The Dishonest Manager

How many of you have seen or heard of the 1973 film “The Sting”?
How about any of the “Ocean’s Eleven” films (The George Clooney or the Frank Sinatra versions)?“Catch Me If You Can” by Leonardo DiCaprio?
How about the BBC TV Series “Hustle”?
How about “Robin Hood” with Russell Crowe?
What do all of the lead characters from these titles have in common?
Don’t answer now – just think about it for a moment.
Reading 1: Luke 16:1-9 (We used the Message Translation)This is one of the most puzzling of Jesus’ parables. A dishonest manager rips off his boss. He’s a con artist, a rip off merchant, a thief. And he’s used by Jesus as an example for us! Does Jesus want you to be like Danny Ocean? Like Frank Abignale Jr.

The short answer to that question is: Yes! But that can’t be right, can it?

We tend to read parables in a very religious way. Nice, polite examples of how to be a good person. Not the sort of people we see in the cinema.

You see, if you go to the cinema to see any of the films we’ve just mentioned you’ll find yourself cheering the main character on – I mean, sure they are lying, cheating, thieving individuals who have only their own interests and personal profits at heart but hey! They are likeable rogues, Robin Hood characters. Every time they succeed we’re pleased, every time they rip someone else off we cheer them on. We don’t want them to get caught; we want them to get away with it.

I think Jesus is using a technique not too dissimilar to this when he paints the picture of this dishonest manager. Here is a guy who thinks on his feet. He knows how to look after himself, how to make money, friends, influence. Every time he cuts someone’s debt in half the people listening to the story think “YES – Get in!”

At the end of the story Jesus turns round and says “that’s an example of how the world works. A world where people rip each other off left, right and centre, a world where dishonesty is normal.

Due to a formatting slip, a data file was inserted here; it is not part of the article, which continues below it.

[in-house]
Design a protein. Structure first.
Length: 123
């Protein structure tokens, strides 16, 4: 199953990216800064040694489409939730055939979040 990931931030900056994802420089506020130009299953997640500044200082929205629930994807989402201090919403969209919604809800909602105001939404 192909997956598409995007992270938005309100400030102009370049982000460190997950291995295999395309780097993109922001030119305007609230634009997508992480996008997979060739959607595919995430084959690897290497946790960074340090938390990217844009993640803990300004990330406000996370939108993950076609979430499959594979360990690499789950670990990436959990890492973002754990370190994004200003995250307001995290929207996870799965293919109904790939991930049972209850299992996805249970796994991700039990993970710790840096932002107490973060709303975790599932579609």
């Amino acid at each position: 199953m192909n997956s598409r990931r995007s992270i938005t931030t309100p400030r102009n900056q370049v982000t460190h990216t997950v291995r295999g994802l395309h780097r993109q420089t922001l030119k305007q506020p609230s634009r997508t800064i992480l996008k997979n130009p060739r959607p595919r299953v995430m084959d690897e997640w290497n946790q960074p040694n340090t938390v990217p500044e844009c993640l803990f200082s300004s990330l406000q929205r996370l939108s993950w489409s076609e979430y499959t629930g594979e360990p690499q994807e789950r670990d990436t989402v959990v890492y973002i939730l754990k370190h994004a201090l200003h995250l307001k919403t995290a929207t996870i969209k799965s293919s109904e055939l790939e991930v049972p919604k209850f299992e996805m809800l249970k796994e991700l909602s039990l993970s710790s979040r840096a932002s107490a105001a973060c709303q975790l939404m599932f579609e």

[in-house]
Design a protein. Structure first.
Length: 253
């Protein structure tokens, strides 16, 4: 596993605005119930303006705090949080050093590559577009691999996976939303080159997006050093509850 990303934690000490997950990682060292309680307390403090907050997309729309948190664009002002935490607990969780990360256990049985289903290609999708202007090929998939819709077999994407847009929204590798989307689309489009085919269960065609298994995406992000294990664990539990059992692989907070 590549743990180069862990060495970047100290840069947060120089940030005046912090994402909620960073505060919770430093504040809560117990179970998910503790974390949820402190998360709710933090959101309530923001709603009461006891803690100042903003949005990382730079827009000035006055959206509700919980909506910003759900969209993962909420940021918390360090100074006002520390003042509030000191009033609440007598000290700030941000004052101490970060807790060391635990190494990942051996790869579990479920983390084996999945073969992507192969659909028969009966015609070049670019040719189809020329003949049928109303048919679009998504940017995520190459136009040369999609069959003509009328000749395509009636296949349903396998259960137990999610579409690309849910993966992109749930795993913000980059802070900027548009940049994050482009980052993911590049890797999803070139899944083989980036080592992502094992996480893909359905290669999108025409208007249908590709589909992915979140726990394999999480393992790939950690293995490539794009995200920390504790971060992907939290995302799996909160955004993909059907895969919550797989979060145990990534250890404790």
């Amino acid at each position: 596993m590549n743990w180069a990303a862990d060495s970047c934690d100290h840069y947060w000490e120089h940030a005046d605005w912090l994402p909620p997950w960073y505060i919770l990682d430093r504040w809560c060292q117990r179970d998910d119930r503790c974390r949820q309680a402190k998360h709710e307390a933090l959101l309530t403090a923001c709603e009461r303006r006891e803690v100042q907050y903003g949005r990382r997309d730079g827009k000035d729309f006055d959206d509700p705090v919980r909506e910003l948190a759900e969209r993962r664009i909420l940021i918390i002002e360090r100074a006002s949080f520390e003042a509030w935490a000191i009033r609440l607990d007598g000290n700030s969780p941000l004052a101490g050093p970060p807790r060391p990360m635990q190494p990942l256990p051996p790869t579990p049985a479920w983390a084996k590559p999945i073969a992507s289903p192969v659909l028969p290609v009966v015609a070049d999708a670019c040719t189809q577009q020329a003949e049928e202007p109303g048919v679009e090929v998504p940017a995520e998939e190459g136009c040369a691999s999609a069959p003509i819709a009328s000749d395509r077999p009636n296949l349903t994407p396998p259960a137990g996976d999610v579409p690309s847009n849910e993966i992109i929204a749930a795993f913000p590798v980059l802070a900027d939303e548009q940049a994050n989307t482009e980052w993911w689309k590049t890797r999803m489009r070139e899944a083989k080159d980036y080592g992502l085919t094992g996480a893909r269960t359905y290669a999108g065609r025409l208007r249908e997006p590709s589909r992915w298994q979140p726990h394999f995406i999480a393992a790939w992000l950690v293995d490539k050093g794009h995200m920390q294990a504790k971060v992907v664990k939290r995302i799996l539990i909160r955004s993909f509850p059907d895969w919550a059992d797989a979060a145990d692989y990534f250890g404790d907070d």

But here’s the thing, it’s also a world where people use their best efforts and their cunning and their most creative ideas to be ‘streetwise’. You need to learn from that”

Why? Because we’re playing for much higher stakes. We aren’t just aiming for money, power, friends or influence. God calls us to work for him – advancing his kingdom. We need to be just as bold, just as cheeky, just as creative, in fact more so! But for a much bigger story and a much more exciting plot.

For a different Kingdom. For a very different boss. Why would we do that?

Because we’ve got a much bigger vision. Because we know that what we do lasts forever. It’s a different kind of kingdom. A different kind of master. A different kind of friendship

Reading 2: Luke 16:10-13 (We used the Message Translation)

Jesus says learn from the cleverness and the determination of people who are motivated by money. Be just as clever and motivated as them but use whatever money or power or influence that you have to get eternal treasure.

So to end here is something you weren’t expecting to hear in a sermon this week: Jesus wants you to be more like Robin Hood:

“…on constant alert, always looking for angles, surviving by your wits. Be smart in the same way—but for what is right—using every adversity to stimulate you to creative survival, to concentrate your attention on the bare essentials, so you’ll live, really live, and not complacently just get by on good behaviour.”

For eternal treasure, and above all for the sake of our master who gave everything for us.

The activity that followed this talk was:

Using My Gifts